2. The Most Farcical Battle in the History of Warfare?
Among all the strange events in the history of war, few are more strange than the Battle of Karansebes, which took place in 1788. The battle – to the extent that it could be called that – was a farcical debacle in which an army killed up to 10,000 of its own ranks, routed itself, and scattered in panicked flight without an enemy present. It occurred during the Austro-Turkish War of 1787-1791, and was fought between an Austrian army of 100,000, and itself.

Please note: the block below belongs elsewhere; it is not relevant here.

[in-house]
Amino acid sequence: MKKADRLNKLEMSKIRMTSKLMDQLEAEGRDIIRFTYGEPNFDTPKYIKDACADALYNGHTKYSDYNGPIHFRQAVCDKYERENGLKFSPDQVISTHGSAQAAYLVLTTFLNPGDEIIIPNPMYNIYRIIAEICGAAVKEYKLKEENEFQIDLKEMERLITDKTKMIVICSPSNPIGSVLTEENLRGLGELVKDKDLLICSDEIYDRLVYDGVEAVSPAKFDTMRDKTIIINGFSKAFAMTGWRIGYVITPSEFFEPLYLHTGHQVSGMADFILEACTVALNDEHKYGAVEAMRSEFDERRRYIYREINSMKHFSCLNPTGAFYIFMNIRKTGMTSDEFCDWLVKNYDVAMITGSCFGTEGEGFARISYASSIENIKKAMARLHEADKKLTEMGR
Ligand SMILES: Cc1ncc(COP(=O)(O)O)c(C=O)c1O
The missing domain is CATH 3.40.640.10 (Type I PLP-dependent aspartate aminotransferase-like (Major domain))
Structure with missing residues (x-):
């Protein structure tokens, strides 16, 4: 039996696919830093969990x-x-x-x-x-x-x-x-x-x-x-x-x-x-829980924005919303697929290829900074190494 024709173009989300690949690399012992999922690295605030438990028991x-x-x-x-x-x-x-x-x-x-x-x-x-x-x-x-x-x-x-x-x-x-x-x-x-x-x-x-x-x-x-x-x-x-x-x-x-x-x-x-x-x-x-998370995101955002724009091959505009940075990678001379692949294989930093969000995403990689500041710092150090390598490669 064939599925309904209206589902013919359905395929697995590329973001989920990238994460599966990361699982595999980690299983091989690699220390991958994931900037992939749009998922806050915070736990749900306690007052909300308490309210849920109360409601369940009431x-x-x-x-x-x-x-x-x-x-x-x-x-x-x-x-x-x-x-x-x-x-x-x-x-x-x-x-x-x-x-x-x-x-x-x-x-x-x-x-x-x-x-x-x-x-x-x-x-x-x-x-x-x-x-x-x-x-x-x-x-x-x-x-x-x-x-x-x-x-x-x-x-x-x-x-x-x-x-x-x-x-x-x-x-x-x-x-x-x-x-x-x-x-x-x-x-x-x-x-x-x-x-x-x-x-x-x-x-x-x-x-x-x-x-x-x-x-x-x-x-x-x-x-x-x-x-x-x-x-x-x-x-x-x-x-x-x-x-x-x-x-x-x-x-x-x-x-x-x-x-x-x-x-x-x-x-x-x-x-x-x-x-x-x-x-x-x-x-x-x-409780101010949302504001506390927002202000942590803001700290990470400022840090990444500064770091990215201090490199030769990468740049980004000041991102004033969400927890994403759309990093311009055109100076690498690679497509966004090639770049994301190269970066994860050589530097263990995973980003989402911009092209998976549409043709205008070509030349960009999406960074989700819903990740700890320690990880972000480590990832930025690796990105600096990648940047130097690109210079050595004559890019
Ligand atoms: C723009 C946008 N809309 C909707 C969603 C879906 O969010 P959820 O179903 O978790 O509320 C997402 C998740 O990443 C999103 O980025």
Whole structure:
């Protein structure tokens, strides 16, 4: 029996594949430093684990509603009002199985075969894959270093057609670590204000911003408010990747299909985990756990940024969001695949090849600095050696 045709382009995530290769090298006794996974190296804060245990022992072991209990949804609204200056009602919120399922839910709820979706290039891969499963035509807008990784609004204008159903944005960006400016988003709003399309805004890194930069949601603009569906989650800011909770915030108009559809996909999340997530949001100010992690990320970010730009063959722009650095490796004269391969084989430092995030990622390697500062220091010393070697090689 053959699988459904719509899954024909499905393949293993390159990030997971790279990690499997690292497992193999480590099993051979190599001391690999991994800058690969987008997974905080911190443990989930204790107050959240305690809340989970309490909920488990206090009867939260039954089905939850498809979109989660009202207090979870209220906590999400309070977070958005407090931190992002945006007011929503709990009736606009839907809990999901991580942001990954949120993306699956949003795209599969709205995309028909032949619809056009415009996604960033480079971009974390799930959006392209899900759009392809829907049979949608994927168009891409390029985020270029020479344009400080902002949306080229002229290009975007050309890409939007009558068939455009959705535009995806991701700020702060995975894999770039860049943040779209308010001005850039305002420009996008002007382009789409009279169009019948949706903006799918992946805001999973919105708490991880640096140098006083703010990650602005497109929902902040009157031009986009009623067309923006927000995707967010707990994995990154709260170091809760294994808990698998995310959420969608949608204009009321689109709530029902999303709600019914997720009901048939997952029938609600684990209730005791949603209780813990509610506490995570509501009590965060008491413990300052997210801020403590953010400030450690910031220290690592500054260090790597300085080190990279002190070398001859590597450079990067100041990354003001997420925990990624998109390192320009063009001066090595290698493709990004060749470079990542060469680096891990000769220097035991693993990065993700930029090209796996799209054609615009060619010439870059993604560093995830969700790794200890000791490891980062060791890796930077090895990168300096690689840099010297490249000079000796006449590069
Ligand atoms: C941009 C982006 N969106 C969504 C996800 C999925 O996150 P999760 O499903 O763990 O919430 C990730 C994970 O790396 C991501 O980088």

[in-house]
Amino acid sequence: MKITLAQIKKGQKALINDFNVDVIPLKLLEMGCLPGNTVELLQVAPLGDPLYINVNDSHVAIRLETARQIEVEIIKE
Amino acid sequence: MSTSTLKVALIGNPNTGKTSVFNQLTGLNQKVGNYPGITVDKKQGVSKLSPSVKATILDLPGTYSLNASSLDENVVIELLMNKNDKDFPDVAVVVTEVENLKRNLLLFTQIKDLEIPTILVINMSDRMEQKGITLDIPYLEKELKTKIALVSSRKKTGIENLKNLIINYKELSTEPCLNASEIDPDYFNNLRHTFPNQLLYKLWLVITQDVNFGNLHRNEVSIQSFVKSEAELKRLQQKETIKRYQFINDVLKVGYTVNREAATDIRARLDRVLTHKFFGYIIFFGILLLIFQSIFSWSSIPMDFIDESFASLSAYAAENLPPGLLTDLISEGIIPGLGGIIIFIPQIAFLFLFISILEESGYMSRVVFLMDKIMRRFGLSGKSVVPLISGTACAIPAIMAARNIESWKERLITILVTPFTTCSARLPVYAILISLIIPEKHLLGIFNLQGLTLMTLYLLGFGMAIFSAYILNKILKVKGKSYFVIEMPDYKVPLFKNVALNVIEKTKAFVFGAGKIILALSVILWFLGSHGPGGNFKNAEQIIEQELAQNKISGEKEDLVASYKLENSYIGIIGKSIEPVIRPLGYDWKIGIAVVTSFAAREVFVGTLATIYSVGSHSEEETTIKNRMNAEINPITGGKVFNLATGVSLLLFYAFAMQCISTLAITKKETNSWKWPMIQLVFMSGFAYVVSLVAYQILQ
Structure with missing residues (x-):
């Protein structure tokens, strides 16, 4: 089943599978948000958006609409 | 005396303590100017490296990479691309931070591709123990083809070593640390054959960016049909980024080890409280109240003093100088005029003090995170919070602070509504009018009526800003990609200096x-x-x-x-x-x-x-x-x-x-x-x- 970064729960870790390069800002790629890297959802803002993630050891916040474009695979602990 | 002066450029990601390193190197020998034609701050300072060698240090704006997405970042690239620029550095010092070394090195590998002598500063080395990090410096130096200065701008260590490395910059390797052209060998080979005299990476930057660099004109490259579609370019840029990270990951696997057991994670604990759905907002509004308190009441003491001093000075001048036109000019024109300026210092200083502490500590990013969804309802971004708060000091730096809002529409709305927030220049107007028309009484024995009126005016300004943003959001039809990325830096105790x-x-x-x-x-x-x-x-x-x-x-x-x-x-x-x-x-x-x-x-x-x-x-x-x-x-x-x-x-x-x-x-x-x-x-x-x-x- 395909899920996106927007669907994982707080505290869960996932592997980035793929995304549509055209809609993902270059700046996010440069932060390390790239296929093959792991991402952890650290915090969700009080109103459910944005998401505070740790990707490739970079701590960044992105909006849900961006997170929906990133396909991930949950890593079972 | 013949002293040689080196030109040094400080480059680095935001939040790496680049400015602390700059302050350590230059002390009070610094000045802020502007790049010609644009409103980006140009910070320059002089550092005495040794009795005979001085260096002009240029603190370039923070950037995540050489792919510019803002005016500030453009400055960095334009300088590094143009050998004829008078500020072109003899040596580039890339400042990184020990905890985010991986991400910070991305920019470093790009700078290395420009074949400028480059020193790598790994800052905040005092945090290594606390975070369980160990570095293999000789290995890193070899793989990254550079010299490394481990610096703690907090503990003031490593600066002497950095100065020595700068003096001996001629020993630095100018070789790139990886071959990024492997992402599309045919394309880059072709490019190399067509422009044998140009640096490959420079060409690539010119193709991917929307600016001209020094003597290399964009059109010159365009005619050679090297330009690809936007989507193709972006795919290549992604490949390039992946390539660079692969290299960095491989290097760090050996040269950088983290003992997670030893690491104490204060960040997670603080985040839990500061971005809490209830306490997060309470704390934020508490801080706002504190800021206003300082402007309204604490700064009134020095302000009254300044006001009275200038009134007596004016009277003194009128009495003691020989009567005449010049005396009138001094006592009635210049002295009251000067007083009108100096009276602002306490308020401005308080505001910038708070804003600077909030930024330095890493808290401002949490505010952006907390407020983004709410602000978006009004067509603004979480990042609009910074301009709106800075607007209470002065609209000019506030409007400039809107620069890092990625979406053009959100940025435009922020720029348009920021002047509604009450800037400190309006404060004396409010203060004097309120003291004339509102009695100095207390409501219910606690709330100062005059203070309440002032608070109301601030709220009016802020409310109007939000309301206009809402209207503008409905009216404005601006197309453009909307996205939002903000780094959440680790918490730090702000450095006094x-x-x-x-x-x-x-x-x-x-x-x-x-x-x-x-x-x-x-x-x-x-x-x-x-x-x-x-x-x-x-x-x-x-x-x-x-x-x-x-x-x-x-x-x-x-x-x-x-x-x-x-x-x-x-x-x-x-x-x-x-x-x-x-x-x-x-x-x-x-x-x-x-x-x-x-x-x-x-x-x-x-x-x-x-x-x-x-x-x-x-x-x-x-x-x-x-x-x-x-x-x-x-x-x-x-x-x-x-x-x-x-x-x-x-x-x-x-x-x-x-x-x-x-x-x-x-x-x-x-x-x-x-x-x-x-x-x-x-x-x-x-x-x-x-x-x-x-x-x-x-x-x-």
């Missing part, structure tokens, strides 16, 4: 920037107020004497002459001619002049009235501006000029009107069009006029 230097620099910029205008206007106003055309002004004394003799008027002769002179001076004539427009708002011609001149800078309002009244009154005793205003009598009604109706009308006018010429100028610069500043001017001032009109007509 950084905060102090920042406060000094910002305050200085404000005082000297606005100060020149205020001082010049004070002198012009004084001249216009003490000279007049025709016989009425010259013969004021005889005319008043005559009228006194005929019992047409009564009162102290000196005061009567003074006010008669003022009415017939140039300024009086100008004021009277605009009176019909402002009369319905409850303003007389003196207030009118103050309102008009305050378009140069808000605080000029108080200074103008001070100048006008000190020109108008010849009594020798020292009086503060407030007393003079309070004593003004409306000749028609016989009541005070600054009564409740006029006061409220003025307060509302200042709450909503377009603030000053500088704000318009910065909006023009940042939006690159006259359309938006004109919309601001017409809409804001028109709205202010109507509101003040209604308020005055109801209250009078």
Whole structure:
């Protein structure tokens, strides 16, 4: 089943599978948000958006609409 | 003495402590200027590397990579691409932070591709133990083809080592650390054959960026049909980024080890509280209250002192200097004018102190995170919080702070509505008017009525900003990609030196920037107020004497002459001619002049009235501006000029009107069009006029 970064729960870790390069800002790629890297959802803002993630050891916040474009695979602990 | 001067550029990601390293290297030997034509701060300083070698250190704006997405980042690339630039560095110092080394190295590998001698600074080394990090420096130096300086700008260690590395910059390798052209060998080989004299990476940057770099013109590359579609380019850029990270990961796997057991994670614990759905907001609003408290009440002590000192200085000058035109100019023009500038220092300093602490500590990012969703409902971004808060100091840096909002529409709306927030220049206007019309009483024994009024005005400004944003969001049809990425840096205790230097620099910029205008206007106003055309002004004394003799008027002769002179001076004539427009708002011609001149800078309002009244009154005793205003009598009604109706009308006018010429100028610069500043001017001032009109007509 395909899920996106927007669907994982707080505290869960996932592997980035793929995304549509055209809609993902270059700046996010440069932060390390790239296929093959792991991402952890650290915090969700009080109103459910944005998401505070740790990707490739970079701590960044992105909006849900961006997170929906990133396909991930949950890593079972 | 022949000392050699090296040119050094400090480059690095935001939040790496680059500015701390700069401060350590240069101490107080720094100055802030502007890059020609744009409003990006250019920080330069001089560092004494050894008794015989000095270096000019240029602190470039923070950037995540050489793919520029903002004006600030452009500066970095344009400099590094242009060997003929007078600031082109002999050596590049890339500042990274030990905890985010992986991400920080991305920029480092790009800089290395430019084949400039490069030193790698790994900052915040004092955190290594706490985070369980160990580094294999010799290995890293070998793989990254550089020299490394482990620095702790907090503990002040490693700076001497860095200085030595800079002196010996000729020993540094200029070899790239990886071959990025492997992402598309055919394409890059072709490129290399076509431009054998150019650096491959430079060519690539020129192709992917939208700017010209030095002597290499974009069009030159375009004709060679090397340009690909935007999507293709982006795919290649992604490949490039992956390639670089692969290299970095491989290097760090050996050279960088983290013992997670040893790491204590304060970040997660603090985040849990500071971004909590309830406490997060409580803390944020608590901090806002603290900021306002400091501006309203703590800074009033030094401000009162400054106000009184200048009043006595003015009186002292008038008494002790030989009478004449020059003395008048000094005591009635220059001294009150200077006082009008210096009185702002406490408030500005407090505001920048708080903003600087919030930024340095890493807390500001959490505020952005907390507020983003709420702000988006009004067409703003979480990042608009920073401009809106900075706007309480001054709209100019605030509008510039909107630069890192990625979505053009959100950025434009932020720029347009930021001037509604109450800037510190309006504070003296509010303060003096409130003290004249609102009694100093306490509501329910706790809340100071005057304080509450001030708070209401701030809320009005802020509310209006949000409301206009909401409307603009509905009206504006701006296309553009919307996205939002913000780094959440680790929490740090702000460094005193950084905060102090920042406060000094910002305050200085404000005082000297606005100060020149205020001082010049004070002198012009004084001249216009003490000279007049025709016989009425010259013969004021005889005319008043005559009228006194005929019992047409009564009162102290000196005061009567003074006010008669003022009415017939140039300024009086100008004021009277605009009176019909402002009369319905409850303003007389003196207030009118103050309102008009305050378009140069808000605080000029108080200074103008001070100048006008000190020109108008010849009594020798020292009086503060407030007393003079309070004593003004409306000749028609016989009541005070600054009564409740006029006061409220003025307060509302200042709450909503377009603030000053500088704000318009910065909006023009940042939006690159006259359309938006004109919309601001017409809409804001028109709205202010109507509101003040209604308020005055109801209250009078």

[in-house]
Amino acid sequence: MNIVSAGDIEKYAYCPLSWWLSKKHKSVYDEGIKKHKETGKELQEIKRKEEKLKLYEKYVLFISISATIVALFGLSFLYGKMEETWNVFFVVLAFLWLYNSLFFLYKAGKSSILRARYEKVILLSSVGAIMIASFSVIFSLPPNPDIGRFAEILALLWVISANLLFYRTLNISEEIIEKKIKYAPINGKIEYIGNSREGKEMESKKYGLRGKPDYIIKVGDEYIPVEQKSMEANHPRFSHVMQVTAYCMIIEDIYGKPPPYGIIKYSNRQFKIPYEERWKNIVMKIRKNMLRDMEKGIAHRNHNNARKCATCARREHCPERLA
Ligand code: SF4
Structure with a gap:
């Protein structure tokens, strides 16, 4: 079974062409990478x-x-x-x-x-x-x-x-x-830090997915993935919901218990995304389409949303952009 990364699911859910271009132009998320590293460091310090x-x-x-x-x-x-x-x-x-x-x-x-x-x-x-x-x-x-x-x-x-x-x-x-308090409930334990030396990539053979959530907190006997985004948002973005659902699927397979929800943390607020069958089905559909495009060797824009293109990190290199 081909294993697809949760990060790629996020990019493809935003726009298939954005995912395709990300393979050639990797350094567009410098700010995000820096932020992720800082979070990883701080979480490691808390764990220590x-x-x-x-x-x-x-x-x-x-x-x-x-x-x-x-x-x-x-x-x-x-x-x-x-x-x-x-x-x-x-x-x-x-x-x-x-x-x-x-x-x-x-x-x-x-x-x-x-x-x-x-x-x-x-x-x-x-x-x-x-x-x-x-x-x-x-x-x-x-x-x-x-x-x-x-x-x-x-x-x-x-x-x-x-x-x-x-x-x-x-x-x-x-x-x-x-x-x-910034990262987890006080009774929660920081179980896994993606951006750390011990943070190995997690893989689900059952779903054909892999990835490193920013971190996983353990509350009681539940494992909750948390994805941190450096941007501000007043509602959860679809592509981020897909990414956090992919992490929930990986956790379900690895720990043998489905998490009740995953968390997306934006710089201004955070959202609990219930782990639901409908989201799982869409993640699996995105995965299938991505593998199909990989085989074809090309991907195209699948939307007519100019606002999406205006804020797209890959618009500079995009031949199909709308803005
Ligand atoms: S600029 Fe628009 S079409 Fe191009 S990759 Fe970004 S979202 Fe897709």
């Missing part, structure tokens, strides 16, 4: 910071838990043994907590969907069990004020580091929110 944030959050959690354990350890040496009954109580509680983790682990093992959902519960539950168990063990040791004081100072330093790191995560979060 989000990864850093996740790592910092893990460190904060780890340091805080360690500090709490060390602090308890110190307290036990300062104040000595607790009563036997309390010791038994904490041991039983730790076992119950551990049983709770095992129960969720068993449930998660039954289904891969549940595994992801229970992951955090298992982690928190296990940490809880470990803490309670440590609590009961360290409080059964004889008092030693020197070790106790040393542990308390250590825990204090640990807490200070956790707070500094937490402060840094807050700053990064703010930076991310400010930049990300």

Austria ruled a diverse multiethnic empire, and its army was correspondingly diverse and multiethnic. Units were drawn from various ethnic groups, most of whom could not understand each others’ languages. During the night of September 21-22, 1788, Austrian hussars crossed a river to scout for the enemy. According to Webster’s Dictionary, the word hussar stems from the Hungarian huszÃ¡r, which in turn originates from the medieval Serbian husar, meaning brigand. The found no Turks, but found some Gypsies who sold them schnapps. Soon, the hussars were uproariously drunk. Back in the camp, the Austrian commander grew worried by the hussars taking so long to return. So he sent some infantry across the river to check. It was the start of a farcical chain of events that would end in disaster.